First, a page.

The William Shelton segment centered on the portion of William’s life when he carved the Sklaletut pole, a culturally important piece of artwork. Boice has a genuine interest in documenting the past of the Tulalip Tribes and states, “Our hopes are that this video will help generate enough interest to be able to do a longer documentary [on William Shelton] but not just that but to generate interest in preserving the Sklaletut pole.”
Most screenings events at the Hibulb are relatively intimate, are under a few hours and include a Q and A afterwards. For more about future film screenings at the Hibulb please visit their website or call 360-716-2600. To view the works of Jeff Boice, visit Boicetv.com.
By Kiersten Throndsem, kimatv.com
SEATTLE – For more than 70 years a pole stood watch over a Boy Scout park in Freeport, Ill. This pole shared a story, carved in wood, of a Native American culture to those who visited the park until it was removed.
And, now the Burke Museum wants to bring this story pole – created by in the Northwest by Snohomish Tribe leader William Shelton — home.
“It’s an important pole for us because we don’t have a pole from that period,” said Robin Wright, with the Burke Museum. “William Shelton really initiated the totem pole carving for the Coast Salish.”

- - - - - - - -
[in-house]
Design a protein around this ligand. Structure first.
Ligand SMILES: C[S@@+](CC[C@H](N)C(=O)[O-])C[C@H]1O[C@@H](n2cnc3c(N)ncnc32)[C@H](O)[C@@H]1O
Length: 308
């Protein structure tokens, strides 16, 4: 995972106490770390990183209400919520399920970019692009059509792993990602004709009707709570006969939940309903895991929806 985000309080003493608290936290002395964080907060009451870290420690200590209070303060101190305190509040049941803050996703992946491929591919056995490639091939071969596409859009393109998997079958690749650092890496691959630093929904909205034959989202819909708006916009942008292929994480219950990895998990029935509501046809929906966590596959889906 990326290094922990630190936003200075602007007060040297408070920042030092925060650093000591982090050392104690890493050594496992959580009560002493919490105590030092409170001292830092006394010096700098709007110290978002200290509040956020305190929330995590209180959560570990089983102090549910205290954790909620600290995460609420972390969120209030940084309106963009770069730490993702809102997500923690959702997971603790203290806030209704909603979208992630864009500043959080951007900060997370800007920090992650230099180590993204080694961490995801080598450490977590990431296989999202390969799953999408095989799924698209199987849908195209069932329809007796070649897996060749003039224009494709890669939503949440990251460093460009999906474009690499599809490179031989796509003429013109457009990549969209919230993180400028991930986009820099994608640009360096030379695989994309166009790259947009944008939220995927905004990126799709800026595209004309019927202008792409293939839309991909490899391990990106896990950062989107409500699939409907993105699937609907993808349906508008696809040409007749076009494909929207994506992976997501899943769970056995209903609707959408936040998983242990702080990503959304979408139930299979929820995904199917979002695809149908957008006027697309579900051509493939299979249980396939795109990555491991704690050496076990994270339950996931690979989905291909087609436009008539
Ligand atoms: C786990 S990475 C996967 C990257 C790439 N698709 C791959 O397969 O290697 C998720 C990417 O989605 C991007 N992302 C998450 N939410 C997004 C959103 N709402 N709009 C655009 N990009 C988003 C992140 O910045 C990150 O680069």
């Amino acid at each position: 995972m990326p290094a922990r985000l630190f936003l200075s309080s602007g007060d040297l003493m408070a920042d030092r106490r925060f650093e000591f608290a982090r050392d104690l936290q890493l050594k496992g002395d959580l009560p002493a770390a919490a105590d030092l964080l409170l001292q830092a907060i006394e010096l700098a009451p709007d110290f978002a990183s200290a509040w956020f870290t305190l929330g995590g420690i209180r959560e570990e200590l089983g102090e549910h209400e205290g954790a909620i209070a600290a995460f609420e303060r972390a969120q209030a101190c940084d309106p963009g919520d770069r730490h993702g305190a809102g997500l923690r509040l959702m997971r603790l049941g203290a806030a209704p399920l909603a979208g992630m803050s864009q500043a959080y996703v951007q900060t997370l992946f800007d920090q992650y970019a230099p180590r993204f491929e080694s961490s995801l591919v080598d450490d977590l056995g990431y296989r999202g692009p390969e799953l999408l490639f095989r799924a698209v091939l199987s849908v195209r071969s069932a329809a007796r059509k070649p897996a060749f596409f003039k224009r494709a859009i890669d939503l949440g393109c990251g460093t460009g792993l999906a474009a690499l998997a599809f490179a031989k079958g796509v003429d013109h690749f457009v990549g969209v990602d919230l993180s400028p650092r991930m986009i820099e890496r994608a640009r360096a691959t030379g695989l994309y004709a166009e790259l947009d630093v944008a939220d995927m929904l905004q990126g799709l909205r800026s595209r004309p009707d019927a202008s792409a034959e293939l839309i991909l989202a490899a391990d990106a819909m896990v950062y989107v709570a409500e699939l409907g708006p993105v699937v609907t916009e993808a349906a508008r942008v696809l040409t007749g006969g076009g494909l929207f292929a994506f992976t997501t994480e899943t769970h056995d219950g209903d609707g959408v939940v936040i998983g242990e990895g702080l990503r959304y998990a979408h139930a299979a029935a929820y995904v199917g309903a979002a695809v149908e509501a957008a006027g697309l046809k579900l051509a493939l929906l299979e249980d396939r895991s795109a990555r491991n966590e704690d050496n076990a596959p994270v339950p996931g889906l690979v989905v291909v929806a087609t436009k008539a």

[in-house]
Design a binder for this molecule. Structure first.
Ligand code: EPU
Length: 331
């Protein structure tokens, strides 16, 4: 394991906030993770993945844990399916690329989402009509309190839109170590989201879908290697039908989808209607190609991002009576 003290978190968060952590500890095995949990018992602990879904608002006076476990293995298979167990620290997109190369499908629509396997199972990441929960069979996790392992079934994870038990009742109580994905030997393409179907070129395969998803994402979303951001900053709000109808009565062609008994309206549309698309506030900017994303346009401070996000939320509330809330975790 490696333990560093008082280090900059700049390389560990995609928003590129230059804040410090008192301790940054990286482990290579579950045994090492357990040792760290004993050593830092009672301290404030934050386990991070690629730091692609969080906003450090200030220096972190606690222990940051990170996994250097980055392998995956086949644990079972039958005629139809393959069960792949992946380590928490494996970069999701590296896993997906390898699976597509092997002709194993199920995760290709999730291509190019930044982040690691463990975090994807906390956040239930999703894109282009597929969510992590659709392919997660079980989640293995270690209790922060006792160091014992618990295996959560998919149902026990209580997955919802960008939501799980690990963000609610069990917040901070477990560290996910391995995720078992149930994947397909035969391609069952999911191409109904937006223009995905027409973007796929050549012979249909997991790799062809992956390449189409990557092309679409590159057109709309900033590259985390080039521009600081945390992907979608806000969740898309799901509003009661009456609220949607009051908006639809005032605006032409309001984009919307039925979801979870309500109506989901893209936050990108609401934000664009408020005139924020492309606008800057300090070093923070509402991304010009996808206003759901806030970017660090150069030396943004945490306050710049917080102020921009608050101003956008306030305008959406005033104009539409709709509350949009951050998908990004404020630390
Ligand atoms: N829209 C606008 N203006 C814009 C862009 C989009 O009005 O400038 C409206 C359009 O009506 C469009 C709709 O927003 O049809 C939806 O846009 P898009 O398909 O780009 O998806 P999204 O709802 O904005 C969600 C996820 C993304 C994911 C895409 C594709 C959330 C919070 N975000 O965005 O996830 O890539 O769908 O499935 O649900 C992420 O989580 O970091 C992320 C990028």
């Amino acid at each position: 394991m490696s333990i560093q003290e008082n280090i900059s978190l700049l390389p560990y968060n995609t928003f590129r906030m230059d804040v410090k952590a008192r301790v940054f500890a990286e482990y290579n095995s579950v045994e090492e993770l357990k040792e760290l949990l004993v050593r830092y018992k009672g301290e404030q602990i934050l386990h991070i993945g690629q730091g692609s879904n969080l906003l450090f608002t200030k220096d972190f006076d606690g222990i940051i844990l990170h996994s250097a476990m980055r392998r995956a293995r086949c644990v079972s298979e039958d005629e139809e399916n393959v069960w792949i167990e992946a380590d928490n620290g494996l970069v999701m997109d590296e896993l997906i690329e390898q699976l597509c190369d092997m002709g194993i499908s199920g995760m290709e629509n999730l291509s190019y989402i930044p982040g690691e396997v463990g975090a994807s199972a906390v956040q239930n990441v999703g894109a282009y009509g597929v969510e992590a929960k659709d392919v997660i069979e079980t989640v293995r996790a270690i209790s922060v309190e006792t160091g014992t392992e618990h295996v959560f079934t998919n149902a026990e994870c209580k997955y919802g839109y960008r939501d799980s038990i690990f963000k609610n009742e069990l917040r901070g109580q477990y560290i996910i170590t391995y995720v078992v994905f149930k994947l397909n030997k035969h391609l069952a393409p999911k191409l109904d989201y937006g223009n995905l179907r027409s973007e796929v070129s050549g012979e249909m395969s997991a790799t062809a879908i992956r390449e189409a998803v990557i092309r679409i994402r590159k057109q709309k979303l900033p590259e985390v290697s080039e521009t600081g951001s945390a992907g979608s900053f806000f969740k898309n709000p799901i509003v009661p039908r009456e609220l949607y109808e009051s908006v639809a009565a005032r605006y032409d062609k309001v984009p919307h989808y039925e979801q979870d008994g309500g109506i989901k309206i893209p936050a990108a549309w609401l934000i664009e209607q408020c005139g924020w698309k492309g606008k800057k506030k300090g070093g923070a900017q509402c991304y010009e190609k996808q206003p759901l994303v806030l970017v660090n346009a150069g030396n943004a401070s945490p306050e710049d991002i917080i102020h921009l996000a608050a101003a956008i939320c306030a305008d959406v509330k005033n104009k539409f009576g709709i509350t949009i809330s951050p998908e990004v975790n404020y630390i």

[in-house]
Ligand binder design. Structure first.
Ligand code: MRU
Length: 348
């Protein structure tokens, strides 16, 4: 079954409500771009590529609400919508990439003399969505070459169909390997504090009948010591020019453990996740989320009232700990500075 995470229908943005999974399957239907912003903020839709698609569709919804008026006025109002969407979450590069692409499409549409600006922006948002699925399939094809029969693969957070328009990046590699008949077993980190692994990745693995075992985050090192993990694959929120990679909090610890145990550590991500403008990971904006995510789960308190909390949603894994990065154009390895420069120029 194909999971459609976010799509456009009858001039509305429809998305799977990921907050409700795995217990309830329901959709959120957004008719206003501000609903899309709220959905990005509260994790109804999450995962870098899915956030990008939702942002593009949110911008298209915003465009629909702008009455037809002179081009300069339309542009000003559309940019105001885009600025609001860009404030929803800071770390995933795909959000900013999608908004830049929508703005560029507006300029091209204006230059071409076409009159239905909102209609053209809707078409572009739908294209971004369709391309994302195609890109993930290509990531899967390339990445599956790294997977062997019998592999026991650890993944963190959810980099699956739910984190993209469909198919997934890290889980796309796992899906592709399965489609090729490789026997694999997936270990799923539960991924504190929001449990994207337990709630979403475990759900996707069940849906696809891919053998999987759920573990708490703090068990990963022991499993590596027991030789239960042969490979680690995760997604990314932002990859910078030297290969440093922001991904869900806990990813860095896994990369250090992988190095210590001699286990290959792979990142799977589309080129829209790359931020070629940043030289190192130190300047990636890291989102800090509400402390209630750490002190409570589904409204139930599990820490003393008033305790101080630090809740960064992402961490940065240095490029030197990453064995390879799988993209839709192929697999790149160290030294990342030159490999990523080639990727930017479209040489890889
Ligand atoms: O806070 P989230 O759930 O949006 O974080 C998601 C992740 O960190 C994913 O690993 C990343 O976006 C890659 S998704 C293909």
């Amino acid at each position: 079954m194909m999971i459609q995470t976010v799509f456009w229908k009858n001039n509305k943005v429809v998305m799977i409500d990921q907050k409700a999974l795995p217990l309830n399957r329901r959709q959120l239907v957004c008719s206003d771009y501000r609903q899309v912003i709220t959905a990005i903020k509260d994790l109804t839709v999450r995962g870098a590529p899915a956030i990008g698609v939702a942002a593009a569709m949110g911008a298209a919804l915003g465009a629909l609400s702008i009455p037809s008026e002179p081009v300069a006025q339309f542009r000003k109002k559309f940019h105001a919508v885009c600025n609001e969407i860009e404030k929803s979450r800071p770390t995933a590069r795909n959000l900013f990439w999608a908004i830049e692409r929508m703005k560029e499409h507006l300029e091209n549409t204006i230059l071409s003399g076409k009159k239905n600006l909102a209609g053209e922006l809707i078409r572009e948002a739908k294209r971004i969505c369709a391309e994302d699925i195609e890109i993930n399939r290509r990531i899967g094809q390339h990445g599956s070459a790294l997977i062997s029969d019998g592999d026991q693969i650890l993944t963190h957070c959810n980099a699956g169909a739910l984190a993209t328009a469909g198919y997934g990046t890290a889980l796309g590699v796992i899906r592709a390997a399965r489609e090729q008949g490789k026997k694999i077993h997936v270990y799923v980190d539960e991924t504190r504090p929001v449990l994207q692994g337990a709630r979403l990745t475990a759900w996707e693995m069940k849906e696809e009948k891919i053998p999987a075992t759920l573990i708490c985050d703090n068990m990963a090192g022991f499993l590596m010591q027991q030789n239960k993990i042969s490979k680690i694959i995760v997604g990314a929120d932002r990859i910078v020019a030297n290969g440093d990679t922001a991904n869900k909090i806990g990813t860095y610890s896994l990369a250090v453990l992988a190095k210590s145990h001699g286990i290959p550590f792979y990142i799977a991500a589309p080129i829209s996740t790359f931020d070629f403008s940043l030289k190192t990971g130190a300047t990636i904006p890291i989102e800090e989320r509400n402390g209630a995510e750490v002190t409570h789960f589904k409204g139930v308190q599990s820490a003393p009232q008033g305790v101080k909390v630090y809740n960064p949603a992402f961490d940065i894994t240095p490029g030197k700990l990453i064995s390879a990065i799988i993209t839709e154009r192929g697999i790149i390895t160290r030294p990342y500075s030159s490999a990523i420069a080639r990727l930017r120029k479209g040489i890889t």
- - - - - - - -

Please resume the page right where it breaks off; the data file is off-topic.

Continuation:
After being carved by Shelton, the 37-foot pole was sent to Illinois in 1935. There it stood in Krape Park until 2008 while weather and bugs led to its decay. The story pole was taken down five years ago and has remained in a warehouse ever since.
“The bottom of it where it went into the ground is completely rotten, and other portions of the pole need some loving care,” Wright said “It’s in pretty poor condition.”
Not sure what to do with the pole, the Freeport Park District contacted the Burke Museum to see if it might be interested in taking it. The museum is home to a large Northwest Coast collection and very familiar with works of Shelton and the Coast Salish culture.
However, getting the pole here is tricky and will cost thousands of dollars. To help offset some of those moving expenses, the museum turned online, to a crowd sourcing fundraiser in hopes of raising $7,500. The money will help pay for a truck and flatbed trailer to haul the pole across the country.
Shelton is recognized for carving a number of poles between 1910 and the 1930s, and this particular pole, Wright said, tells the same kind of story found on all his poles.
“The whale at the bottom and the eagle at the top” Wright said. “Whales are very important for the original story of the Tulalip Tribe. It goes back to a time when people were starving and whales would help herd the salmon up the stream so people could get food.”
The Burke Museum plans to work with representatives from the Tulalip Tribe, as well as Shelton’s family, who happen to live in Snohomish County, to interpret the pole once it arrives. It’s unknown how much it will cost to actually restore the pole, and it will need to be fumigated. The hope is to hire Tulalip carvers trained in story pole restoration.
Shelton’s pole will be tallest pole in the museum’s collection and will be mounted inside.
More information about the museum’s fundraising efforts can be found online.